Bette Davis’s debut. Sidney Fox plays the titular opportunistic sister in an upstanding Ohio family who falls for a con-man played by Humphrey Bogart. Davis plays her long-suffering sister in a forgettable part. Bogie’s vulpine in his first heel role, but the predictable plot and flat performances from Fox and lead Conrad Nagel sink this effort.
Opera diva Jeanette MacDonald runs roughshod over everyone in her life only to fall for cat-burglar Reginald Denny, who she meets when he burgles her bedroom. Denny, of course, has aspirations of a singing career himself. Continue reading...
Frank Albertson plays a powerful tycoon’s gadabout son who falls for a gangster’s moll and finds himself implicated in a nightclub owner’s murder. Opens strong with Albertson playing an engaging drunk, but devolves into a preachy social outrage melodrama. Bela Lugosi’s small role as the unfortunate nightclub owner proves unremarkable.
Unpolished script suffers from repetitive exposition, forced comedy, and trite plotting. This one needed another year in the oven.
Picks up where part 2 ends. The bigger budget manifests in location photography and formal rigor that match the script’s ambitions. Crowley is a hulking, roaring beast. The script’s usual mix of humor and violence includes some well-timed self-deprecating jabs. A belabored side-plot involving the original films’ heroine and a reporter drags but almost pays off with a laugh-out-loud cameo. Edges the original for my favorite of the series thus far.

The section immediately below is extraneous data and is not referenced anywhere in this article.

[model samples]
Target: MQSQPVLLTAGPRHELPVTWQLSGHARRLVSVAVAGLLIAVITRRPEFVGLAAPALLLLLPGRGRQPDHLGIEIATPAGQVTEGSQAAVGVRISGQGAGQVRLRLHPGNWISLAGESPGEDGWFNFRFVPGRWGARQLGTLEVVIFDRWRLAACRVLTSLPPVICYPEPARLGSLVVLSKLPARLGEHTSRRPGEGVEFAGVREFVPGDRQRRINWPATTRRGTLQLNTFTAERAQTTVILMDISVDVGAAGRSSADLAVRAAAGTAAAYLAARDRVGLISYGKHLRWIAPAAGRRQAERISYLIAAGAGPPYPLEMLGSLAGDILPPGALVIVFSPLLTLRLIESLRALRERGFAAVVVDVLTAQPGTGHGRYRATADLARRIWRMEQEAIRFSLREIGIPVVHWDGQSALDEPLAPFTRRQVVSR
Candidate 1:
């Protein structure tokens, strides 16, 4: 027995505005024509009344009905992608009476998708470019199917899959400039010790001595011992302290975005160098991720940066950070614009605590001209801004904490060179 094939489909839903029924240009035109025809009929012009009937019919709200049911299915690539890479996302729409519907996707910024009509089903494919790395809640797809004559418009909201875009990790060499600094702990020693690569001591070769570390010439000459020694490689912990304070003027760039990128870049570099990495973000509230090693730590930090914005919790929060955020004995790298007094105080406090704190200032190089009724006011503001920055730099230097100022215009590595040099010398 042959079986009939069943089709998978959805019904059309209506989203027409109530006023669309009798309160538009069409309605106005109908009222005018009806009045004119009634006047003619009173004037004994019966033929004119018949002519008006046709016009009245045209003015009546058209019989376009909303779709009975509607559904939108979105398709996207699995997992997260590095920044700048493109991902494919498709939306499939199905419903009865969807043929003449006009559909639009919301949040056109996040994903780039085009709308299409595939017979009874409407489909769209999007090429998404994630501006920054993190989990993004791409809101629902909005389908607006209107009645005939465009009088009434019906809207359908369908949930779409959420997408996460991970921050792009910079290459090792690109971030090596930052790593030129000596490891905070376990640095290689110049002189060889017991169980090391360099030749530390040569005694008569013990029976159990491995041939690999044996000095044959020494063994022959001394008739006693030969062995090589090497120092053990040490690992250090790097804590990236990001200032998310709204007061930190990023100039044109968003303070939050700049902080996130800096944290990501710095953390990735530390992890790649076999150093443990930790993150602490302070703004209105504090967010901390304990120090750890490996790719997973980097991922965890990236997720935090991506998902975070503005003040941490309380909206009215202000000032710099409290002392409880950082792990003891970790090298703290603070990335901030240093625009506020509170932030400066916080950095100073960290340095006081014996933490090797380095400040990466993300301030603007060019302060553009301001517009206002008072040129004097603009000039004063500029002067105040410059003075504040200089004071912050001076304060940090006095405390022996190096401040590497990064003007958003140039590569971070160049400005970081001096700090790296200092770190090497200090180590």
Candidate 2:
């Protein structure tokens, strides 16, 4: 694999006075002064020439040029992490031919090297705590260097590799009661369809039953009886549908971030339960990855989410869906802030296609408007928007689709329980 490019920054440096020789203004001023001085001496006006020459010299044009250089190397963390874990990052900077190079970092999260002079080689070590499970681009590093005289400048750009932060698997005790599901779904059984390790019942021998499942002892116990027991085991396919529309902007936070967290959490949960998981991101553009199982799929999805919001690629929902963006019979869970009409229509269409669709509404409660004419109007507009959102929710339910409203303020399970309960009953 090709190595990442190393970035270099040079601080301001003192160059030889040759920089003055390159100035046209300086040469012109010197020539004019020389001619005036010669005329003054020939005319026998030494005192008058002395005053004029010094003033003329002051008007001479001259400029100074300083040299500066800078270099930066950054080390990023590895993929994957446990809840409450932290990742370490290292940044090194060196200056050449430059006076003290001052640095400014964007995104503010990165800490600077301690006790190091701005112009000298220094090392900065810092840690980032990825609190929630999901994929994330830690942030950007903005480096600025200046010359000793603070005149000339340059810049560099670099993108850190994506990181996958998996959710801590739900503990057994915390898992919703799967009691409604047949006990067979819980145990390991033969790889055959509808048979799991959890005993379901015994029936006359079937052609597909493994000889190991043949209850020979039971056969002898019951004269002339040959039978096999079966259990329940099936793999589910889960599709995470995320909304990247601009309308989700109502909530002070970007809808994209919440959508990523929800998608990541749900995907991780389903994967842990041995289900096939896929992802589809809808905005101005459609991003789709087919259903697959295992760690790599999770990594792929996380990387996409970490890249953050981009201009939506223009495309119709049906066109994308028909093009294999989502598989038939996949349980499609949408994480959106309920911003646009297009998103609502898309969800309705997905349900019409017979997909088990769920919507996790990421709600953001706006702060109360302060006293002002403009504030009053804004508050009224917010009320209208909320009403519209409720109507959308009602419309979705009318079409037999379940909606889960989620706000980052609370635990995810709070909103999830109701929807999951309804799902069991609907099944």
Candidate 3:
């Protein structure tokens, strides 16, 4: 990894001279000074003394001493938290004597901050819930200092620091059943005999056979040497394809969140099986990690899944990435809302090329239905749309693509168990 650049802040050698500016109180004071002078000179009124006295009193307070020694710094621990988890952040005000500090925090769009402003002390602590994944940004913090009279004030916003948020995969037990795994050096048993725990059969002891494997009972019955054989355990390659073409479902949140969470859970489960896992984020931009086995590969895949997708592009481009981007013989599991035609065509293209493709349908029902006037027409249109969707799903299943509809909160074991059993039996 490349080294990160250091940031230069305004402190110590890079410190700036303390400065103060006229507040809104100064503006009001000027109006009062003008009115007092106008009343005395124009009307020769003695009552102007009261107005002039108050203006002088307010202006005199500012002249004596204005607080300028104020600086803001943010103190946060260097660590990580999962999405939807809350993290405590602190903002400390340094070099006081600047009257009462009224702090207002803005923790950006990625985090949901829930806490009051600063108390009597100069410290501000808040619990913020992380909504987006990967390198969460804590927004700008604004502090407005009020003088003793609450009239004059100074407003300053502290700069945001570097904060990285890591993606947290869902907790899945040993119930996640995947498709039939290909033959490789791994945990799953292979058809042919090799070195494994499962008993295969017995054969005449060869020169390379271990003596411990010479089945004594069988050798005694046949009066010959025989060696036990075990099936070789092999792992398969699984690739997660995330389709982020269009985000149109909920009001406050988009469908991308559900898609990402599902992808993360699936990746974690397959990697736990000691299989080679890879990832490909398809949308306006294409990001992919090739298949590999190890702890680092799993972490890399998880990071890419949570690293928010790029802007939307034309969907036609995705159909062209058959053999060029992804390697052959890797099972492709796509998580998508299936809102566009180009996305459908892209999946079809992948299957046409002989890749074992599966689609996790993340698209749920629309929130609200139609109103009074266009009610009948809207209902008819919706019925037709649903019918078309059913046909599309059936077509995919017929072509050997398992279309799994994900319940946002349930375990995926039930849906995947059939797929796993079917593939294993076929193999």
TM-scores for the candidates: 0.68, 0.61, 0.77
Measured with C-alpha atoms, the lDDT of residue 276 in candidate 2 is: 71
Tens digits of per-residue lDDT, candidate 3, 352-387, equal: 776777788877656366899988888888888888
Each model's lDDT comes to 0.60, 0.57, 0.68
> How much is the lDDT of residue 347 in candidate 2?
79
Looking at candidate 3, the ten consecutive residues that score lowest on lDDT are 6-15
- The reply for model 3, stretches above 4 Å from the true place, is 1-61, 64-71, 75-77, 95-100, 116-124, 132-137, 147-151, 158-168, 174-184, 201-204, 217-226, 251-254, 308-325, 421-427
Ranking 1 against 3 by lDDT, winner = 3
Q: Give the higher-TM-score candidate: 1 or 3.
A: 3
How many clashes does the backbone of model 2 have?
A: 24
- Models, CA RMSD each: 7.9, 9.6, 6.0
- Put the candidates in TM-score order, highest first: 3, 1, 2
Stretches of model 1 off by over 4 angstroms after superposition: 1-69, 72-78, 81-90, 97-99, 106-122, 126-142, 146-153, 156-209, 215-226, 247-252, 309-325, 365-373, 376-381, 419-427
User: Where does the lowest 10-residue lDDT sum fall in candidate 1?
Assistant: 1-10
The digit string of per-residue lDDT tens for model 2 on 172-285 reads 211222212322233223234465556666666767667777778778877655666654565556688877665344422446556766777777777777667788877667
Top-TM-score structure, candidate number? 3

Howard Hawks’s second sound picture. A competent prison-reform drama that nevertheless feels like a work-for-hire job. Walter Huston’s electric as a former district attorney turned prison warden, and Boris Karloff maximizes his role as a grudge-bearing convict. But Phillips Holmes doesn’t register as the hard-luck protagonist. Ditto Constance Cummings as his love interest.
A satisfying conclusion to 11-years of Marvel films. The “time heist” plot proves secondary to a series of images and moments recreating the pre-adolescent awe I experienced reading the source comics. Not as resonant as Infinity War, but just as entertaining.
Still no hockey mask, but we have Jason (sporting a burlap sack over his face) stalking a group of camp counselors.
This entry has grown on me. I originally preferred the first film’s dingy atmosphere and documentary style, but I’ve come around to this sequel’s superior execution. The supporting cast proves more memorable, and the script provides the final-girl with real agency.
There’s no hockey mask and no Jason. Yes, an unknown killer picks off young people working to re-open a New Jersey summer camp, but the plot hews closer to a giallo than a modern slasher. Continue reading...
André Morell plays a stiff sergeant leading a group of POWs in a Japanese prison camp ruled by cartoonishly sadistic jailers. There’s a great twist that pits Morell against a ticking clock and propels the film along. This isn’t high drama ala The Bridge on the River Kwai, just well-executed exploitation that delivers the goods thanks to a commanding turn by Morell and director Val Guest’s formal economy.